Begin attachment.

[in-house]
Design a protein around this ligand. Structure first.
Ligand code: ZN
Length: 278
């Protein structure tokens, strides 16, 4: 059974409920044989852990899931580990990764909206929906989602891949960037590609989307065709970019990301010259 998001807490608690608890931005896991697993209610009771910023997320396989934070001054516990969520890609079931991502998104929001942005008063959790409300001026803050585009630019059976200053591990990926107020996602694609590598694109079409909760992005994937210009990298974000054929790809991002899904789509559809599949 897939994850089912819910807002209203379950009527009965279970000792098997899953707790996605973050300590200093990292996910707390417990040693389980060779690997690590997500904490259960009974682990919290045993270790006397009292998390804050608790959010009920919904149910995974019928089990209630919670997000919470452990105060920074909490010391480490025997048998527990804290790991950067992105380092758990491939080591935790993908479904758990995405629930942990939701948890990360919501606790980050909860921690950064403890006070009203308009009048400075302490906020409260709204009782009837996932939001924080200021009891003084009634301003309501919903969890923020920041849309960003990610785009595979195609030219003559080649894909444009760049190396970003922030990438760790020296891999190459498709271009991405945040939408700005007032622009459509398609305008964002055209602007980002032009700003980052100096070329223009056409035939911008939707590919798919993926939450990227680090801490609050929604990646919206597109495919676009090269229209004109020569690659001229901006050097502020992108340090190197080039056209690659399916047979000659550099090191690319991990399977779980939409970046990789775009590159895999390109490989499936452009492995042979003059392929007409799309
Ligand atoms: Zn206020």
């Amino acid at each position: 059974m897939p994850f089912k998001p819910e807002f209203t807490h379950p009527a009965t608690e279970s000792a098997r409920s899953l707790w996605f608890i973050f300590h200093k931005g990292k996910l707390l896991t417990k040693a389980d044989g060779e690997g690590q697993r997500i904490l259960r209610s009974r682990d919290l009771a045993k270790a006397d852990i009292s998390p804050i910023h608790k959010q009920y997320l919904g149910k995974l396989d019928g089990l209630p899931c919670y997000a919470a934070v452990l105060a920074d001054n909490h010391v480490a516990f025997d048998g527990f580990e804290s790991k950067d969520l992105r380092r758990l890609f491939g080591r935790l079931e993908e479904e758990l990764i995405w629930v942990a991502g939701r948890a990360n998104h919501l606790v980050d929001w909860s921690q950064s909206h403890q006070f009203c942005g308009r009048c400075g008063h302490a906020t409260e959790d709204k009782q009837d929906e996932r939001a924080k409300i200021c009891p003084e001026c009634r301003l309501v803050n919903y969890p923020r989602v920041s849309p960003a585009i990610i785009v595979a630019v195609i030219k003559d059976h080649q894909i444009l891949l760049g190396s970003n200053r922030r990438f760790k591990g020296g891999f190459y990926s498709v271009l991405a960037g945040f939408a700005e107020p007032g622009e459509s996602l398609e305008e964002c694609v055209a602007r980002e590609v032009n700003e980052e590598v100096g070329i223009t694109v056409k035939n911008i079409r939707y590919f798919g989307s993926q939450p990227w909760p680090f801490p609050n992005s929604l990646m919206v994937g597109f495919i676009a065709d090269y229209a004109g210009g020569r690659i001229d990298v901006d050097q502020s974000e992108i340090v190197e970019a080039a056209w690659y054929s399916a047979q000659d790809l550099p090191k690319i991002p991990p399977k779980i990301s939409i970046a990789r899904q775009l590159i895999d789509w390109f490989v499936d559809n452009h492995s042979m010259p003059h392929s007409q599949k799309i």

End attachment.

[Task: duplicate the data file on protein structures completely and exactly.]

[in-house]
Design a protein around this ligand. Structure first.
Ligand code: ZN
Length: 278
């Protein structure tokens, strides 16, 4: 059974409920044989852990899931580990990764909206929906989602891949960037590609989307065709970019990301010259 998001807490608690608890931005896991697993209610009771910023997320396989934070001054516990969520890609079931991502998104929001942005008063959790409300001026803050585009630019059976200053591990990926107020996602694609590598694109079409909760992005994937210009990298974000054929790809991002899904789509559809599949 897939994850089912819910807002209203379950009527009965279970000792098997899953707790996605973050300590200093990292996910707390417990040693389980060779690997690590997500904490259960009974682990919290045993270790006397009292998390804050608790959010009920919904149910995974019928089990209630919670997000919470452990105060920074909490010391480490025997048998527990804290790991950067992105380092758990491939080591935790993908479904758990995405629930942990939701948890990360919501606790980050909860921690950064403890006070009203308009009048400075302490906020409260709204009782009837996932939001924080200021009891003084009634301003309501919903969890923020920041849309960003990610785009595979195609030219003559080649894909444009760049190396970003922030990438760790020296891999190459498709271009991405945040939408700005007032622009459509398609305008964002055209602007980002032009700003980052100096070329223009056409035939911008939707590919798919993926939450990227680090801490609050929604990646919206597109495919676009090269229209004109020569690659001229901006050097502020992108340090190197080039056209690659399916047979000659550099090191690319991990399977779980939409970046990789775009590159895999390109490989499936452009492995042979003059392929007409799309
Ligand atoms: Zn206020």
């Amino acid at each position: 059974m897939p994850f089912k998001p819910e807002f209203t807490h379950p009527a009965t608690e279970s000792a098997r409920s899953l707790w996605f608890i973050f300590h200093k931005g990292k996910l707390l896991t417990k040693a389980d044989g060779e690997g690590q697993r997500i904490l259960r209610s009974r682990d919290l009771a045993k270790a006397d852990i009292s998390p804050i910023h608790k959010q009920y997320l919904g149910k995974l396989d019928g089990l209630p899931c919670y997000a919470a934070v452990l105060a920074d001054n909490h010391v480490a516990f025997d048998g527990f580990e804290s790991k950067d969520l992105r380092r758990l890609f491939g080591r935790l079931e993908e479904e758990l990764i995405w629930v942990a991502g939701r948890a990360n998104h919501l606790v980050d929001w909860s921690q950064s909206h403890q006070f009203c942005g308009r009048c400075g008063h302490a906020t409260e959790d709204k009782q009837d929906e996932r939001a924080k409300i200021c009891p003084e001026c009634r301003l309501v803050n919903y969890p923020r989602v920041s849309p960003a585009i990610i785009v595979a630019v195609i030219k003559d059976h080649q894909i444009l891949l760049g190396s970003n200053r922030r990438f760790k591990g020296g891999f190459y990926s498709v271009l991405a960037g945040f939408a700005e107020p007032g622009e459509s996602l398609e305008e964002c694609v055209a602007r980002e590609v032009n700003e980052e590598v100096g070329i223009t694109v056409k035939n911008i079409r939707y590919f798919g989307s993926q939450p990227w909760p680090f801490p609050n992005s929604l990646m919206v994937g597109f495919i676009a065709d090269y229209a004109g210009g020569r690659i001229d990298v901006d050097q502020s974000e992108i340090v190197e970019a080039a056209w690659y054929s399916a047979q000659d790809l550099p090191k690319i991002p991990p399977k779980i990301s939409i970046a990789r899904q775009l590159i895999d789509w390109f490989v499936d559809n452009h492995s042979m010259p003059h392929s007409q599949k799309i």